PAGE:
First, a staggering amount of bitcoin included in that market capitalization is lost forever. Cane Island Digital Research estimates that 28 percent of the supply was discarded, stranded by a forgotten password or dead owner, or accidentally sent to a decomposed address. This implies an “available” market capitalization closer to $ 900 billion (Cane Island thinks another 4 percent of available tokens are lost each year).

Market capitalization is also a misleading concept when applied to bitcoin, because the market for it is so strange. Less than 20 percent of the supply is actively traded. Of the bitcoin that does trade, 85 percent of the dollar value is dominated by some big money “whales”, according to Chain analysis. Bitcoin is something like a stock with a large stock count and a very small free float: its price may not tell you much about what the asset would be worth if it had a less limited market structure.

Unhedged believes people should be free to bet the house on bitcoin (and maybe lose). The Bitcoin bubble question that interests us is how much a devastating collapse in the bitcoin price will affect other markets. We’m not sure. (Ethan Wu)

GE RIP!

General Electric is divided into three companies, and it’s a big thing. For much of the late 1990s and early 2000s, it was the most valuable company in the world, and was considered the best managed company by Jack Welch. It appears that there was no magic management sauce at GE under Welch. Mostly there was leverage, and the problems that leverage created took two decades (and more) to clean up.

It was all foreseeable. I know this because my colleague John Plender provided it in August 2000, when Welch was at the height of his splendor, preparing to retire. In an FT column entitled “GE’s Hidden flaw”, Plender wrote:

“General Electric is the world’s most valued company, with a market capitalization of $ 503 billion. Jack Welch, the chairman and CEO who has led more than two decades of relentless growth, is arguably the world’s most admired manager. . . Can it maintain its extraordinary dynamism and capacity for self-renewal after the departure of a man who rediscovered the company? “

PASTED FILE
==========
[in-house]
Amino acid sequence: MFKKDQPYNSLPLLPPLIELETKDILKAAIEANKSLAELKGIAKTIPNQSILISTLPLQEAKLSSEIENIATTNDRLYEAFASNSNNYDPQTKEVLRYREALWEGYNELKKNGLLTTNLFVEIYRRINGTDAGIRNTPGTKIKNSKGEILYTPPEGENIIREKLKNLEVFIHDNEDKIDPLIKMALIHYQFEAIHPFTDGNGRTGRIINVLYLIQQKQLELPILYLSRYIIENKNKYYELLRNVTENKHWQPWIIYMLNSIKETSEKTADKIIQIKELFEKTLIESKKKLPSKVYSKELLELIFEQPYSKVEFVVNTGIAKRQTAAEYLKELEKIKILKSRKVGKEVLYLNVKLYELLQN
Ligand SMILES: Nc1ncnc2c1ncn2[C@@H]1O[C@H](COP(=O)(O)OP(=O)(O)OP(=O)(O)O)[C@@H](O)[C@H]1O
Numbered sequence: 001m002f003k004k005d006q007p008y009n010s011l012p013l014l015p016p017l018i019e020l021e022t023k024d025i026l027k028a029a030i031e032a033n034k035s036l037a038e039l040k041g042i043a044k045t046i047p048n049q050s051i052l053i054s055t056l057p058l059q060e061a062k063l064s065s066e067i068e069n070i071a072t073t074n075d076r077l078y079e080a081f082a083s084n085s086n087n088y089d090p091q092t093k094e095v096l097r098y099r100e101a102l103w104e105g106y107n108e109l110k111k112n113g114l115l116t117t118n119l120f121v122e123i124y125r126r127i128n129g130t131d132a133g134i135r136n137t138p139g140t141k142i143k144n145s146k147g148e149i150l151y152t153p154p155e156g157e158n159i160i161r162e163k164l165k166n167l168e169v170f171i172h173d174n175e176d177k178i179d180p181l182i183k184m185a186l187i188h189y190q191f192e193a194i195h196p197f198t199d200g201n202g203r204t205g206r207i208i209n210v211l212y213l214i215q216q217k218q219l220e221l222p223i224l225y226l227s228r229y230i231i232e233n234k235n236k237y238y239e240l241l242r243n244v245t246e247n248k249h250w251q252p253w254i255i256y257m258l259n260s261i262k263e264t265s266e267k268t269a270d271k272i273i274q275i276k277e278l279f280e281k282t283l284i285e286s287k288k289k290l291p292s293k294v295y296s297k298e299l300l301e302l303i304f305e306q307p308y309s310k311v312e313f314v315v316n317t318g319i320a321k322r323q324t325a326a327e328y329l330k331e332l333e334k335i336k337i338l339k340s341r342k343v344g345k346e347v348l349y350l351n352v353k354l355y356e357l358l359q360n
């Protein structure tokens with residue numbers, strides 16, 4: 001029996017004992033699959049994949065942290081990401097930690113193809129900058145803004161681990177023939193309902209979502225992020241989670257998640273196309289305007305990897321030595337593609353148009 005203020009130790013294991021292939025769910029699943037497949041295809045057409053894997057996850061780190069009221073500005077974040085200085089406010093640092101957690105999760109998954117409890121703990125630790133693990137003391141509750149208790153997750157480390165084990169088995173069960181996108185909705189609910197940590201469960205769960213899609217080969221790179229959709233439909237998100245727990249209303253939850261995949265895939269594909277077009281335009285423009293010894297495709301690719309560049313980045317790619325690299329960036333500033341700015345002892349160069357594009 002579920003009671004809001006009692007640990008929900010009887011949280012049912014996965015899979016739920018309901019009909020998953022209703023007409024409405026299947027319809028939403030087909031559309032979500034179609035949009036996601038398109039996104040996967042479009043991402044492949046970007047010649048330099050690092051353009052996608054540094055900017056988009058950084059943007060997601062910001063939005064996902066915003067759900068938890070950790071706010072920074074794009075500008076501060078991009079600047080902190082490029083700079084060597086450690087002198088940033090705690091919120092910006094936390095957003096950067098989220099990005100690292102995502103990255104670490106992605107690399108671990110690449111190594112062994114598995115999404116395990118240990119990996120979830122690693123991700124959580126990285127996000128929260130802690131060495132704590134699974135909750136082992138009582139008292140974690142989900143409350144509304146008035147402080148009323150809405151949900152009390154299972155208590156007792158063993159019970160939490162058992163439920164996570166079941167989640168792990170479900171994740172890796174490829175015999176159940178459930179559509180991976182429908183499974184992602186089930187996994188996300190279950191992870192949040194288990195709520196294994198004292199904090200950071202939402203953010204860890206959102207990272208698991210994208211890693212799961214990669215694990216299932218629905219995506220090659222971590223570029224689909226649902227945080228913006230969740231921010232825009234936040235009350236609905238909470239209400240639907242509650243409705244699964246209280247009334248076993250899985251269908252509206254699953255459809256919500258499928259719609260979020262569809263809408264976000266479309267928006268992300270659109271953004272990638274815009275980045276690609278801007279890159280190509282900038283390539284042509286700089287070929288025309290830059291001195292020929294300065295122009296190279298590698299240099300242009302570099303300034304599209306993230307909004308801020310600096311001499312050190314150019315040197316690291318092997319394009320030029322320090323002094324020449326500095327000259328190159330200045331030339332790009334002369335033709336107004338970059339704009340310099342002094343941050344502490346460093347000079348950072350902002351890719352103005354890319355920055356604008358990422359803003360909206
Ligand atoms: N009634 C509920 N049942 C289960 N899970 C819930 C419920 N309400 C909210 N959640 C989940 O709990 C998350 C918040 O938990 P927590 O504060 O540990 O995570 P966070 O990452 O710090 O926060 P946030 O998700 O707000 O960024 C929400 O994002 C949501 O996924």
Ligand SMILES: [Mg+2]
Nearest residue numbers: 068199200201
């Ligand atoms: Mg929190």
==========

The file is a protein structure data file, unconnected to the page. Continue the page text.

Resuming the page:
GE was known at the time for its culture and management structure. But none, Plender argued, had much to do with the growth of GE Capital, the company’s financial unit:

In the five years to the end of last year, the contribution of GE Capital’s 28 operating companies to GE’s earnings increased from 36.7 percent to 41.5 percent, making it much more important than any other GE business. . .

“GE Capital dominates the group’s balance sheet, which accounts for 85.1 percent of the group’s assets and 89.6 percent of its liabilities.”

This in turn made GE vulnerable to financial shocks:

“At the end of last year, [GE’s] balance sheet contained $ 330 billion in tangible assets. Of this total, $ 168 billion consisted of loans and receivables, including investments in the financing of leases in industries such as aircraft, railways and automobiles. A further $ 80 billion consisted of investment in corporate, government and mortgage-backed debt, and shareholding. It will only take a 3 percent drop in the value of tangible assets, or a 5.9 percent drop in the value of debtors, to wipe out its tangible capital base of $ 9.9 billion.

“None of this means that the company will probably come to a standstill tomorrow. But it is a very slim safety margin against recession and financial shocks. ”

Nailed. Plender asked (and correctly answered) the question to be asked in every exuberant market: where is the leverage?

So where is the leverage now?

A good read

The Economist visual explainer about different methods of measuring inflation, and their proposed new measure, are good.

FT Asset Management The inside story about the shifts and shakes behind a multi-trillion-dollar industry. Sign in here

Free dinner – Your guide to the global economic policy debate. Sign in here